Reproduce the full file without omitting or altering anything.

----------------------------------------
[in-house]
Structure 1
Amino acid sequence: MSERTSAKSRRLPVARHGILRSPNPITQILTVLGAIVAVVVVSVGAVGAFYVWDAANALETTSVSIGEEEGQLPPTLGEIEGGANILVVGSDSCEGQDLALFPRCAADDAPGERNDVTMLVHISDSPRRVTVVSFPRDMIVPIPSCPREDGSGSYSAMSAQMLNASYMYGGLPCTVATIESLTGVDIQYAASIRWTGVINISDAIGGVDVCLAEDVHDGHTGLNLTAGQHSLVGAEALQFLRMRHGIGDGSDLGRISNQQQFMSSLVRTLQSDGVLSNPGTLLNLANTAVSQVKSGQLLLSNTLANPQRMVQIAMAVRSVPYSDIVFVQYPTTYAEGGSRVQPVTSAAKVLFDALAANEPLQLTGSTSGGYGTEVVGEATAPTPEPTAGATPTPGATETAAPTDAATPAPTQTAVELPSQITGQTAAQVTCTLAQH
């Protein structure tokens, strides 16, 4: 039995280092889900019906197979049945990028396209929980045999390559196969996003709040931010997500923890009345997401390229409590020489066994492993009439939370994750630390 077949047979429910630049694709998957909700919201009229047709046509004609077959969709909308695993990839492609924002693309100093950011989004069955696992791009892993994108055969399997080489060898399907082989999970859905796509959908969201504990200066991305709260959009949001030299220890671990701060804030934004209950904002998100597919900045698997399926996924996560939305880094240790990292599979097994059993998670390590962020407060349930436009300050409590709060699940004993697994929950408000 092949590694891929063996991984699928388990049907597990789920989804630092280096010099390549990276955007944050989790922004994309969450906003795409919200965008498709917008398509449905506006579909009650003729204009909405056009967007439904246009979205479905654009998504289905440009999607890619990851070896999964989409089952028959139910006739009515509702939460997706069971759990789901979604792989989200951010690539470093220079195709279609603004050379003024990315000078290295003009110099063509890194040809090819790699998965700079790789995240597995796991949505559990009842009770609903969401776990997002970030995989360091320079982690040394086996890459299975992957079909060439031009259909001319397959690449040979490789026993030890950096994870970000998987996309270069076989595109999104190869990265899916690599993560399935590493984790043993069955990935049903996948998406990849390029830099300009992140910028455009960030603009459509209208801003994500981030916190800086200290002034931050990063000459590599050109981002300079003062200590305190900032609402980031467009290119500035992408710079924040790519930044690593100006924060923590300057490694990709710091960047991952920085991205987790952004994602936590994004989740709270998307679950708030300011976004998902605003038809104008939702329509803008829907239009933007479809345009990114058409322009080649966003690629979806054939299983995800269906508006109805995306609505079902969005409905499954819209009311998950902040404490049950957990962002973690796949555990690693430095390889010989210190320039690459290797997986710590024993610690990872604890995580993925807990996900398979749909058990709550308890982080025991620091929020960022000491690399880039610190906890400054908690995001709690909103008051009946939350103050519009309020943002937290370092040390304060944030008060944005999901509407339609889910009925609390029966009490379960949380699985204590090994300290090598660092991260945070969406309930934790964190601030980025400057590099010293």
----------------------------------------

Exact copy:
[in-house]
Structure 1
Amino acid sequence: MSERTSAKSRRLPVARHGILRSPNPITQILTVLGAIVAVVVVSVGAVGAFYVWDAANALETTSVSIGEEEGQLPPTLGEIEGGANILVVGSDSCEGQDLALFPRCAADDAPGERNDVTMLVHISDSPRRVTVVSFPRDMIVPIPSCPREDGSGSYSAMSAQMLNASYMYGGLPCTVATIESLTGVDIQYAASIRWTGVINISDAIGGVDVCLAEDVHDGHTGLNLTAGQHSLVGAEALQFLRMRHGIGDGSDLGRISNQQQFMSSLVRTLQSDGVLSNPGTLLNLANTAVSQVKSGQLLLSNTLANPQRMVQIAMAVRSVPYSDIVFVQYPTTYAEGGSRVQPVTSAAKVLFDALAANEPLQLTGSTSGGYGTEVVGEATAPTPEPTAGATPTPGATETAAPTDAATPAPTQTAVELPSQITGQTAAQVTCTLAQH
């Protein structure tokens, strides 16, 4: 039995280092889900019906197979049945990028396209929980045999390559196969996003709040931010997500923890009345997401390229409590020489066994492993009439939370994750630390 077949047979429910630049694709998957909700919201009229047709046509004609077959969709909308695993990839492609924002693309100093950011989004069955696992791009892993994108055969399997080489060898399907082989999970859905796509959908969201504990200066991305709260959009949001030299220890671990701060804030934004209950904002998100597919900045698997399926996924996560939305880094240790990292599979097994059993998670390590962020407060349930436009300050409590709060699940004993697994929950408000 092949590694891929063996991984699928388990049907597990789920989804630092280096010099390549990276955007944050989790922004994309969450906003795409919200965008498709917008398509449905506006579909009650003729204009909405056009967007439904246009979205479905654009998504289905440009999607890619990851070896999964989409089952028959139910006739009515509702939460997706069971759990789901979604792989989200951010690539470093220079195709279609603004050379003024990315000078290295003009110099063509890194040809090819790699998965700079790789995240597995796991949505559990009842009770609903969401776990997002970030995989360091320079982690040394086996890459299975992957079909060439031009259909001319397959690449040979490789026993030890950096994870970000998987996309270069076989595109999104190869990265899916690599993560399935590493984790043993069955990935049903996948998406990849390029830099300009992140910028455009960030603009459509209208801003994500981030916190800086200290002034931050990063000459590599050109981002300079003062200590305190900032609402980031467009290119500035992408710079924040790519930044690593100006924060923590300057490694990709710091960047991952920085991205987790952004994602936590994004989740709270998307679950708030300011976004998902605003038809104008939702329509803008829907239009933007479809345009990114058409322009080649966003690629979806054939299983995800269906508006109805995306609505079902969005409905499954819209009311998950902040404490049950957990962002973690796949555990690693430095390889010989210190320039690459290797997986710590024993610690990872604890995580993925807990996900398979749909058990709550308890982080025991620091929020960022000491690399880039610190906890400054908690995001709690909103008051009946939350103050519009309020943002937290370092040390304060944030008060944005999901509407339609889910009925609390029966009490379960949380699985204590090994300290090598660092991260945070969406309930934790964190601030980025400057590099010293």